Touch. Taste. Smell. Vision. Hearing. The human brain continuously takes in these sensory signals, processes them, and fuses them into a whole that is more than just the sum of the parts. Engineers around the world are working to develop an artificial form of that same sort of sensor fusion in order to enhance the robustness of future autonomous vehicles.
Senses and Sensors
When we sit down to a meal, the appeal of that food is affected by far more than our taste buds. If a prime cut of steak were boiled into a grey slab, even if the taste were not affected, the visual signals to our brain would render it less desirable than if it had been seared over an open flame. No matter how well it might be prepared, if your sinuses are clogged from a cold, a plate of curry just doesn’t taste as good. The crunch when you bite into a fresh carrot stimulates your ears and your sense of touch in your mouth, but the same root steamed into mush has a totally different impact.
Since the 1970s, engineers have been steadily adding sensors to vehicles to monitor wheel speeds, airflow into the engine, engine knock, roll rates, distance to other vehicles, and more. Each sensor was added to enable a specific function, but over time, as engineers became confident in the reliability of the sensors, they built on that functionality. The first modern step toward the autonomous systems that are now being tested were the Mercedes-Benz/Bosch anti-lock braking systems from 1978.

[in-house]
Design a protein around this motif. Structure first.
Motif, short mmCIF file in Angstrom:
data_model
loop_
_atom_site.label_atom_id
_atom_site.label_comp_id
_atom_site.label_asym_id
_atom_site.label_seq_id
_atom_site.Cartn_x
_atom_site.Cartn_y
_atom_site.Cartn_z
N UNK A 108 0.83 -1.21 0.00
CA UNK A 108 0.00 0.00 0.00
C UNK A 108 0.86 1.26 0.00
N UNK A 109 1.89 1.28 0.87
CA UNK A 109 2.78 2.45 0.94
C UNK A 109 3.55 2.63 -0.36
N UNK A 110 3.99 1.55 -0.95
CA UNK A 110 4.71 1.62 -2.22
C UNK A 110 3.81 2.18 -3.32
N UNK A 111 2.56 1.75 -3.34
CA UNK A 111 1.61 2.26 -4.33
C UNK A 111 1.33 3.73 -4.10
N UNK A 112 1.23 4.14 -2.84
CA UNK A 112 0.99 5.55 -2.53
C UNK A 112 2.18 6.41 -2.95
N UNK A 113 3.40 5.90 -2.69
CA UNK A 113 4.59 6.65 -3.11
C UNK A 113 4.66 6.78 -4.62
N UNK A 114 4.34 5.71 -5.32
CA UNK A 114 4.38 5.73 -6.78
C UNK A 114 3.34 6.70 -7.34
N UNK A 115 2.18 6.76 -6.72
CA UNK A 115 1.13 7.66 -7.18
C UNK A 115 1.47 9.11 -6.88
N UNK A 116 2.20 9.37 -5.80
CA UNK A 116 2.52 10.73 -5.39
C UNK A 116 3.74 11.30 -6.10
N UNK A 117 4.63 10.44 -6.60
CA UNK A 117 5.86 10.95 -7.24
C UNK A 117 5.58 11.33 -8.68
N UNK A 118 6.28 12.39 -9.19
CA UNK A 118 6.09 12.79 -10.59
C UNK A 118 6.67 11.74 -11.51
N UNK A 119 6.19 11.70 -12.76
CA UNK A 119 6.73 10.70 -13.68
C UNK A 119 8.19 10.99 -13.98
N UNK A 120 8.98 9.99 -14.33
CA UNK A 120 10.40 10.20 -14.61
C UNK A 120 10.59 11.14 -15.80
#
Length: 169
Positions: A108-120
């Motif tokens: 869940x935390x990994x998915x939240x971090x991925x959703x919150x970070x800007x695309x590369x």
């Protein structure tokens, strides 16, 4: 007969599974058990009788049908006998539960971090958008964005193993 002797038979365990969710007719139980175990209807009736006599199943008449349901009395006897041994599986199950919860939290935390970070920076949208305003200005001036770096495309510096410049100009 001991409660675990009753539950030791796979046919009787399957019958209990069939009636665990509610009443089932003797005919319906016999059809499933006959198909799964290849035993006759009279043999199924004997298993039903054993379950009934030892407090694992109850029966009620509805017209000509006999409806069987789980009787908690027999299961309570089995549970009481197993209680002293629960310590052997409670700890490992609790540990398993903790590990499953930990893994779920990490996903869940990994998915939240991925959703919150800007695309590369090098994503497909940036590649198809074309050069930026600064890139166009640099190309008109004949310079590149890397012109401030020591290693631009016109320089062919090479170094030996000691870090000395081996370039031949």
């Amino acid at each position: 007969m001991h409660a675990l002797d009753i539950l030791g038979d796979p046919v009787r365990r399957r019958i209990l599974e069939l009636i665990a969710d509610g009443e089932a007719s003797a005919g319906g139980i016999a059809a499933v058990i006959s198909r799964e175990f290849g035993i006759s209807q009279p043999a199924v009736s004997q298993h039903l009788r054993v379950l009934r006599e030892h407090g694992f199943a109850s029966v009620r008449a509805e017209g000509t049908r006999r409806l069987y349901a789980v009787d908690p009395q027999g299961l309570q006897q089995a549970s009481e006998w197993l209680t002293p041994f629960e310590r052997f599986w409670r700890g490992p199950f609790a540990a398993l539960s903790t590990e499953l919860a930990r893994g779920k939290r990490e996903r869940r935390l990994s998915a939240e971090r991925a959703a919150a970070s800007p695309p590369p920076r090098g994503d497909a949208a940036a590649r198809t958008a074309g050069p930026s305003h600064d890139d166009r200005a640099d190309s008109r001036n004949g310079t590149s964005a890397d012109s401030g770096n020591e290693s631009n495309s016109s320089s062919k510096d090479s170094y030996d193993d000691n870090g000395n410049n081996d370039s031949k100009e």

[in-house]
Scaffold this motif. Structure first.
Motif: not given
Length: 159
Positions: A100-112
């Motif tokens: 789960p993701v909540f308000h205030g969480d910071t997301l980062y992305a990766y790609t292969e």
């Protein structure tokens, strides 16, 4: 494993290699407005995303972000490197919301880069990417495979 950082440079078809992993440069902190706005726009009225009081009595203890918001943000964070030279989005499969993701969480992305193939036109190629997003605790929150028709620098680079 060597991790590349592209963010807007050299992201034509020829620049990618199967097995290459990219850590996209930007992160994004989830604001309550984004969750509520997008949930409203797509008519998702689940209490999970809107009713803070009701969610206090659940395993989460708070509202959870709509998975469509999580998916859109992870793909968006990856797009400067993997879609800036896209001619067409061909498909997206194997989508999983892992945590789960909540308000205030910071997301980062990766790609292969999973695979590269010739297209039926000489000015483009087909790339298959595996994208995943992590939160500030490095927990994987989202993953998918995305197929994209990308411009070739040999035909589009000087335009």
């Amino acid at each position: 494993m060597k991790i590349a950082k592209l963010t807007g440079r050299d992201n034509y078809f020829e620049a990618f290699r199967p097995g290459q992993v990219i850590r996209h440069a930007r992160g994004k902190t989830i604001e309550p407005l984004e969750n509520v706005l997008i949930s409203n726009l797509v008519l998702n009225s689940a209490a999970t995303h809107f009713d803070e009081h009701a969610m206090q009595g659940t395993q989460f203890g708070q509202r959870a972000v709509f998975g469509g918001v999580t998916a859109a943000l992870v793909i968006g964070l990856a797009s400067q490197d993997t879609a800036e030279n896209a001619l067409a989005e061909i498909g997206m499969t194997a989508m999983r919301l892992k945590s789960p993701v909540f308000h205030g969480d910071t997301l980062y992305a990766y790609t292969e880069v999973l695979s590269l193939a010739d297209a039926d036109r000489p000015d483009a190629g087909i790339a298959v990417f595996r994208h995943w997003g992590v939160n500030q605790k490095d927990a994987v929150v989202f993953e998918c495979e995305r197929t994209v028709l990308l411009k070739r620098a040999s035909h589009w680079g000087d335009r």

Forward-looking radars and cameras enable adaptive cruise control and lane departure warnings. Side-looking radar and ultrasonic sensors power blind spot detection, cross-traffic alerts, and active parking assist. Today, each of those functions operate largely independently at different times. The automated highway driving assist systems coming from Tesla, General Motors (GM), Toyota, and others in the next 2 years merge those signals and functions into more comprehensive control systems that enable the driver to go hands-off in certain conditions. Navigant Research’s Autonomous Vehicles report projects that the majority of new vehicles will have at least some degree of automated driving capability by the mid-2020s.
This is made possible in large part by fusing these previously disparate signals to harness the advantages of each sensor type, producing a more cohesive view of the world around the vehicle. Radar sensors are useful for measuring distance and speed to another object, but not for recognizing the nature of that object. Digital camera images can be processed to distinguish pedestrians, animals, objects on the road, and signs while lidar sensors can produce remarkably detailed 3D maps of the surroundings. Vehicle-to-X (V2X) communications provide additional real-time information about what is happening even beyond the line of sight of the driver and sensors. These and other signals can be merged into a comprehensive real-time moving image that the vehicle can navigate through with a high degree of precision.
T-U Automotive Detroit
Experts and practitioners in the fields of telematics, autonomous systems, and mobility will be coming together at the T-U Automotive Detroit conference, June 3–4, 2015 in Novi, Michigan to discuss sensor fusion and many other related topics. Anyone interested in attending can save $100 on the registration fee at www.tu-auto.com/detroit/register.php by using the promotional code 2693NAVIGANT during checkout.